Saint-Malo Cathedral

Saint-Malo, France

Saint-Malo Cathedral (Cathédrale Saint-Vincent-de-Saragosse de Saint-Malo) is a Roman Catholic cathedral dedicated to Saint Vincent of Saragossa. It was formerly the seat of the Bishop of Saint-Malo. The cathedral was built in 1146 when Jean de Châtillon, Bishop of Aleth, transferred his bishopric to the growing town of Saint-Malo on a more secure site across the river. The Benedictine monastery of Saint Malo, founded in 1108, became the home of the bishopric and its church the new cathedral, replacing Aleth Cathedral.

Saint-Malo Cathedral has undergone several transformations so you will see Romanesque, Gothic, High Gothic and Renaissance styles. However, in 1944 during a battle for the city the cathedral was bombed and the choir section collapsed. It took over 20 years to make the repairs.

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Details

Founded: 1146
Category: Religious sites in France
Historical period: Birth of Capetian dynasty (France)

More Information

en.wikipedia.org

Rating

4.4/5 (based on Google user reviews)

User Reviews

Shaunas Adventures (3 years ago)
Love the sound of the bells that ring from here that vibrate through the city. It is quite the extraordinary experience if you manage to be inside the cathedral when the bells start to ring. Amazing!
Matthias H (3 years ago)
Beautiful cathedral, nice windows and silent
Bart Van den Bosch (3 years ago)
Not too great as cathedrals go but the (modern) glass windows are quite nice.
Jane White (3 years ago)
Rainy day, got very wet. The rain pouring from the roof was awesome.
Dave O'Brien (3 years ago)
Nice cathedral.. it has been extensively rebuilt like a lot of StMalo but still retains atmosphere and a sense of age
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Heraclea Lyncestis was an ancient Greek city in Macedon, ruled later by the Romans. It was founded by Philip II of Macedon in the middle of the 4th century BC. The city was named in honor of the mythological hero Heracles. The name Lynkestis originates from the name of the ancient kingdom, conquered by Philip, where the city was built.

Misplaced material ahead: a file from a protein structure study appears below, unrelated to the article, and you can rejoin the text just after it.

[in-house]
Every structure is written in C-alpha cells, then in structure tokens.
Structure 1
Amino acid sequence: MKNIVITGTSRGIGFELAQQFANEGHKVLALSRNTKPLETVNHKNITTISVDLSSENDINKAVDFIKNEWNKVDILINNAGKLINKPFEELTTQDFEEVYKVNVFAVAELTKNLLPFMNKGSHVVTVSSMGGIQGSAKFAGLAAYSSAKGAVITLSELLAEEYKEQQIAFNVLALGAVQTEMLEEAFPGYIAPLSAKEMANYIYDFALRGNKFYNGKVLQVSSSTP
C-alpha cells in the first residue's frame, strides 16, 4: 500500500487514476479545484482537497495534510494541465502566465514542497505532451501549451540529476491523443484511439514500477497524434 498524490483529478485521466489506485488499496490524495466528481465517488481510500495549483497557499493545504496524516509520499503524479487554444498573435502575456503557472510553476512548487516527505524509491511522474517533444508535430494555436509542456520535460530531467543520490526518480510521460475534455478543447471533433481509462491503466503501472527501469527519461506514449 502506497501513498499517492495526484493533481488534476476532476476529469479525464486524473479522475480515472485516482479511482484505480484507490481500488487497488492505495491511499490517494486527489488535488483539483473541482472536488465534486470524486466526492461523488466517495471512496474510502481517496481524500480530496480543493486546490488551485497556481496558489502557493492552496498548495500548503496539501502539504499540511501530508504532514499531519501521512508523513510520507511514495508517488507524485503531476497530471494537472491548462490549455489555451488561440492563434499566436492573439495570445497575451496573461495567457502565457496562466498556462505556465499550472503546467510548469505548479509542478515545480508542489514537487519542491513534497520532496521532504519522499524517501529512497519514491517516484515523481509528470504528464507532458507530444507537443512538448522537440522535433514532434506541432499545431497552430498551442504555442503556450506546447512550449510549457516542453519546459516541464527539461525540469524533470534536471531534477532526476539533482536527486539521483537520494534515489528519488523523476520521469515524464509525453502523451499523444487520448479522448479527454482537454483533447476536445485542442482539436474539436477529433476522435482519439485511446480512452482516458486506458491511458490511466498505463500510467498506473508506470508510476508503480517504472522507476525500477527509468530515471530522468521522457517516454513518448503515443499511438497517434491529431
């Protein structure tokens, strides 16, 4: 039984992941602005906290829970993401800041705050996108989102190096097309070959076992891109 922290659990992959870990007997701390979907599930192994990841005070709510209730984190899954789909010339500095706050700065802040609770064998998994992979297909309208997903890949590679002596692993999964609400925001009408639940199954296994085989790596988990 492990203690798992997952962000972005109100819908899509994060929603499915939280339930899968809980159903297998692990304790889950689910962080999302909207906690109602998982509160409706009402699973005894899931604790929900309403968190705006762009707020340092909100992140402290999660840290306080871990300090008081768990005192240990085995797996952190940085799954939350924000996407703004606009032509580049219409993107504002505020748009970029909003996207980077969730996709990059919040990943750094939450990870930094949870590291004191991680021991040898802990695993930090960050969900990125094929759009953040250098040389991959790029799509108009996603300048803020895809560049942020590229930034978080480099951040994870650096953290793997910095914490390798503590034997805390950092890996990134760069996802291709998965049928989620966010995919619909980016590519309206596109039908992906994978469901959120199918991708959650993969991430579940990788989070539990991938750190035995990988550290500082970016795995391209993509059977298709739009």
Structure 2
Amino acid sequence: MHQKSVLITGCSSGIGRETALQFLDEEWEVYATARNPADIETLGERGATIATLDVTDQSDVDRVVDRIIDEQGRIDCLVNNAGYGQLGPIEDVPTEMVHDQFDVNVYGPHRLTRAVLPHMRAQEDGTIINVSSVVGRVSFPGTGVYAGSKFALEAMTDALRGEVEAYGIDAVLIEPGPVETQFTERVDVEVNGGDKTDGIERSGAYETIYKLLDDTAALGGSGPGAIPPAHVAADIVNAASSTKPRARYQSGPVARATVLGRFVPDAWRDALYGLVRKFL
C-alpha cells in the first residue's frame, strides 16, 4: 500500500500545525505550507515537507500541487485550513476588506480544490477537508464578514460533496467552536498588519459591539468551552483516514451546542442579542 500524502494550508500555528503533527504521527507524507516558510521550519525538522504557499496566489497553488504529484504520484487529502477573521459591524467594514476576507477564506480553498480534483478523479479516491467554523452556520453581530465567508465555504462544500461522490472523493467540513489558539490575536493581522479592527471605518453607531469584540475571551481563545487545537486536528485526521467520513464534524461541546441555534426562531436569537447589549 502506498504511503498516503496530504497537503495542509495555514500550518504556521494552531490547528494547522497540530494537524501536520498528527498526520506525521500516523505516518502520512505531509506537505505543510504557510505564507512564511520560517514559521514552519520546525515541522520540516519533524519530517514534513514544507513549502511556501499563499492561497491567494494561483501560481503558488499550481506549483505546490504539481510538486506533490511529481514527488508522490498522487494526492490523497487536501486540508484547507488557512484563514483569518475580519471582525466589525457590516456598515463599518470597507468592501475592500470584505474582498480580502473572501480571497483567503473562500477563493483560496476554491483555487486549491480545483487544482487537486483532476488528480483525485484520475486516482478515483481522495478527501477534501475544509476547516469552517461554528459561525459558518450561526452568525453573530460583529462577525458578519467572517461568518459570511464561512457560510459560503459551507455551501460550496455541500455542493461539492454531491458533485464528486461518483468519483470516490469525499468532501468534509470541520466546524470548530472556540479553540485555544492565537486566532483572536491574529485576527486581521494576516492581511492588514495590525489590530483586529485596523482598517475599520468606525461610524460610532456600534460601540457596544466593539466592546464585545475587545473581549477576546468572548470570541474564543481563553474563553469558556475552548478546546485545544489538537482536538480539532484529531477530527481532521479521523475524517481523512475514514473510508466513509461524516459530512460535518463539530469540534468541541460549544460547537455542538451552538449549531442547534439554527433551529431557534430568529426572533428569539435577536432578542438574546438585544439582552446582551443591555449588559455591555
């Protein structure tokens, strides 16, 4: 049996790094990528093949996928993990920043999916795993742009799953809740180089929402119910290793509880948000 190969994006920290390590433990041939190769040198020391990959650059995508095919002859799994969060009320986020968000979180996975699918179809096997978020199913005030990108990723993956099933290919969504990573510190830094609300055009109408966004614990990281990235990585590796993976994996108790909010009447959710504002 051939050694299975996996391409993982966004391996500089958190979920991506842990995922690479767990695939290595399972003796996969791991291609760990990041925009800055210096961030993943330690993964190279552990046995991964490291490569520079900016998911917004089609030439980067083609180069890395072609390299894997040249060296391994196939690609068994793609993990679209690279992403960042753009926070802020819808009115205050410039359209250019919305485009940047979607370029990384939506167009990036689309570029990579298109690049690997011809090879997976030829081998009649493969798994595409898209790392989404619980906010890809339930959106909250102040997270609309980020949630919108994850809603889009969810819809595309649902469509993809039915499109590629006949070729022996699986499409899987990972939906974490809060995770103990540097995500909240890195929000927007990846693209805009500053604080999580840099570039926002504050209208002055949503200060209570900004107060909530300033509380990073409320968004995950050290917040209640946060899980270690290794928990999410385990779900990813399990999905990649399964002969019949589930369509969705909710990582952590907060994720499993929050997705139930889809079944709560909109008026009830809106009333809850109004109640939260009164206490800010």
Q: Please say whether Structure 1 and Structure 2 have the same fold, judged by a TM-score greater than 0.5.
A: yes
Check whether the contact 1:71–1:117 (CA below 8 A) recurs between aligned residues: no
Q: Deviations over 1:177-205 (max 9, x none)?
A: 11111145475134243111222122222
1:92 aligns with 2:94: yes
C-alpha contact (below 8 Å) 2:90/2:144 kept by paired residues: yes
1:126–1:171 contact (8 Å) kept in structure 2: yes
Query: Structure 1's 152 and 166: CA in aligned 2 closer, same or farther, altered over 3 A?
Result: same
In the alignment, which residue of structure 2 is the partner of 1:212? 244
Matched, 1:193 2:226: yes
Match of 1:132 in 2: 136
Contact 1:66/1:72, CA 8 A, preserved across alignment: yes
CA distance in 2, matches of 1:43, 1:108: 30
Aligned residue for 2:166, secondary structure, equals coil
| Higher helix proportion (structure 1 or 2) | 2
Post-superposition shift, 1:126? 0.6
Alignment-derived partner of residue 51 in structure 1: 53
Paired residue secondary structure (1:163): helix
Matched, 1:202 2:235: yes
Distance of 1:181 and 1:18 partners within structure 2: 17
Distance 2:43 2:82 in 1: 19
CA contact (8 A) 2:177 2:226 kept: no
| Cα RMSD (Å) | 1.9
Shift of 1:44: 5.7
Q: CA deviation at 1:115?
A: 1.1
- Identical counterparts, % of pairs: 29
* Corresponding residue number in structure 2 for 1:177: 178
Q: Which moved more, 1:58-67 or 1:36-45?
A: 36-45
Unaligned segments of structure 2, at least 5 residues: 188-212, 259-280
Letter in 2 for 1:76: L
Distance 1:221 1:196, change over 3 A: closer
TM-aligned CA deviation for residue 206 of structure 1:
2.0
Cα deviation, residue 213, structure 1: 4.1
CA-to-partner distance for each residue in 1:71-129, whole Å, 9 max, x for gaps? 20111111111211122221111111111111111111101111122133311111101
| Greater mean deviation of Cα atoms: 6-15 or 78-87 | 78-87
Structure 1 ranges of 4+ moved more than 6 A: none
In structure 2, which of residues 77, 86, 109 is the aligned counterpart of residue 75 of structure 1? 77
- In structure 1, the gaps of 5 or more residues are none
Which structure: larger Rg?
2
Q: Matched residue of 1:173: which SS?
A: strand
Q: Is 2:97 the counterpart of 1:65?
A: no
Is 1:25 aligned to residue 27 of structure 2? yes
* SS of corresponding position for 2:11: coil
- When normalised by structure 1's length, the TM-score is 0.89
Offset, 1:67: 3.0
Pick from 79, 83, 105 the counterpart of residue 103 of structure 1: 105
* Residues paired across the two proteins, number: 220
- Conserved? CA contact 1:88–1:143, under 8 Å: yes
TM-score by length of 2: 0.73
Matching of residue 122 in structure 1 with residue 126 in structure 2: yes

Heraclea was a strategically important town during the Hellenistic period, as it was at the edge of Macedon"s border with Epirus to the west and Paeonia to the north, until the middle of the 2nd century BC, when the Romans conquered Macedon and destroyed its political power. The main Roman road in the area, Via Egnatia went through Heraclea, and Heraclea was an important stop. The prosperity of the city was maintained mainly due to this road.

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Late Antiquity and Byzantine periods

In the early Byzantine period (4th to 6th centuries AD) Heraclea was an important episcopal centre. A small and a great basilica, the bishop"s residence, and a funerary basilica and the necropolis are some of the remains of this period. Three naves in the Great Basilica are covered with mosaics of very rich floral and figurative iconography; these well preserved mosaics are often regarded as fine examples of the early Christian art period.

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